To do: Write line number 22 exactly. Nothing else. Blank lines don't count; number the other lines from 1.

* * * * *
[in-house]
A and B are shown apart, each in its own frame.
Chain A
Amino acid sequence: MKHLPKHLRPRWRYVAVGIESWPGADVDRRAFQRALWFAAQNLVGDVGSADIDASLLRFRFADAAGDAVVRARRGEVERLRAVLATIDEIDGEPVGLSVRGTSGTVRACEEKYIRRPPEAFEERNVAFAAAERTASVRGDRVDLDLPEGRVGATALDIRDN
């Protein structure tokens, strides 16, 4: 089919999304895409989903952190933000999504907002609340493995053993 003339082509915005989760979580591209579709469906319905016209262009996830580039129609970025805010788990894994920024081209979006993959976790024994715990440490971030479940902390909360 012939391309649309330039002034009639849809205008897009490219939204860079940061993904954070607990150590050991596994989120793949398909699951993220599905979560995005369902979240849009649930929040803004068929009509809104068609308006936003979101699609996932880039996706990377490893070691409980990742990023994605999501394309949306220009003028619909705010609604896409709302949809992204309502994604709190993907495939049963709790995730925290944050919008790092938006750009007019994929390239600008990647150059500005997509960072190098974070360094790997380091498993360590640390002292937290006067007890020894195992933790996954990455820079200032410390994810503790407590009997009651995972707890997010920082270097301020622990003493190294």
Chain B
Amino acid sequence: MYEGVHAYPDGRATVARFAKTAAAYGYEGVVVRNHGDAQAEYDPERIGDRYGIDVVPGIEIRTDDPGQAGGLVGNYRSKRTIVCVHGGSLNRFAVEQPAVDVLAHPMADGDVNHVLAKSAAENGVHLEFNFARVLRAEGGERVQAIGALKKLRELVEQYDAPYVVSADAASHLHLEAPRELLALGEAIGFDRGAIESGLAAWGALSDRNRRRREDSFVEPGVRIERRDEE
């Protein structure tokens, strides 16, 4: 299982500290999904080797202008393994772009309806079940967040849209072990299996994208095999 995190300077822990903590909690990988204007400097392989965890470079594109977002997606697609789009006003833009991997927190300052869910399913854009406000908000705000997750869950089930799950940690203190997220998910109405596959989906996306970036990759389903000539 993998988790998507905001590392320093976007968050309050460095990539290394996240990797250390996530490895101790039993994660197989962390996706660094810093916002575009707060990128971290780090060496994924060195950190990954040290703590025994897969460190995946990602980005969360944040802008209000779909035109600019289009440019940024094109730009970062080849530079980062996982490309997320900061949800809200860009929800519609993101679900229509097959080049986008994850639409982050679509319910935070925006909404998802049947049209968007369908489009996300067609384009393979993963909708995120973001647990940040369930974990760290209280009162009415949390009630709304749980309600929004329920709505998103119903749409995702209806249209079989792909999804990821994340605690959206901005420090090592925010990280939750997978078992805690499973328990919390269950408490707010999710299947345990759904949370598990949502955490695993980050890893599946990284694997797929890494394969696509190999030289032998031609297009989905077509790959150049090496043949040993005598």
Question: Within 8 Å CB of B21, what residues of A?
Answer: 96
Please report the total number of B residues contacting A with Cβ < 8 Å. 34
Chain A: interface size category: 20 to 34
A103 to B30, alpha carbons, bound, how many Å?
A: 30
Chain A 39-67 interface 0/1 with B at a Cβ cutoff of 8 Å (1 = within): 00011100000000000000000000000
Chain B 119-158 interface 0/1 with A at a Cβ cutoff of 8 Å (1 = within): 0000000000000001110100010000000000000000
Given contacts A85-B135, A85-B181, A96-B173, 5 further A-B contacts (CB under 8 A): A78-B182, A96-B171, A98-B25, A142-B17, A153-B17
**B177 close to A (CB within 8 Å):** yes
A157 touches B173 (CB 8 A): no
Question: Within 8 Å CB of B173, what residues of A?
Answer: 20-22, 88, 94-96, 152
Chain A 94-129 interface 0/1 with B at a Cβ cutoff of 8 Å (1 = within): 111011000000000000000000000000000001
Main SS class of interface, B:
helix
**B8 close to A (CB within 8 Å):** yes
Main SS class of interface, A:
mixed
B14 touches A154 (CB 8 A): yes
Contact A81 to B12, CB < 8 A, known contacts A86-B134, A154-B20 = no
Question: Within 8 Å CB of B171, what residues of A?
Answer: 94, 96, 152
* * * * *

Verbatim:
Chain A 94-129 interface 0/1 with B at a Cβ cutoff of 8 Å (1 = within): 111011000000000000000000000000000001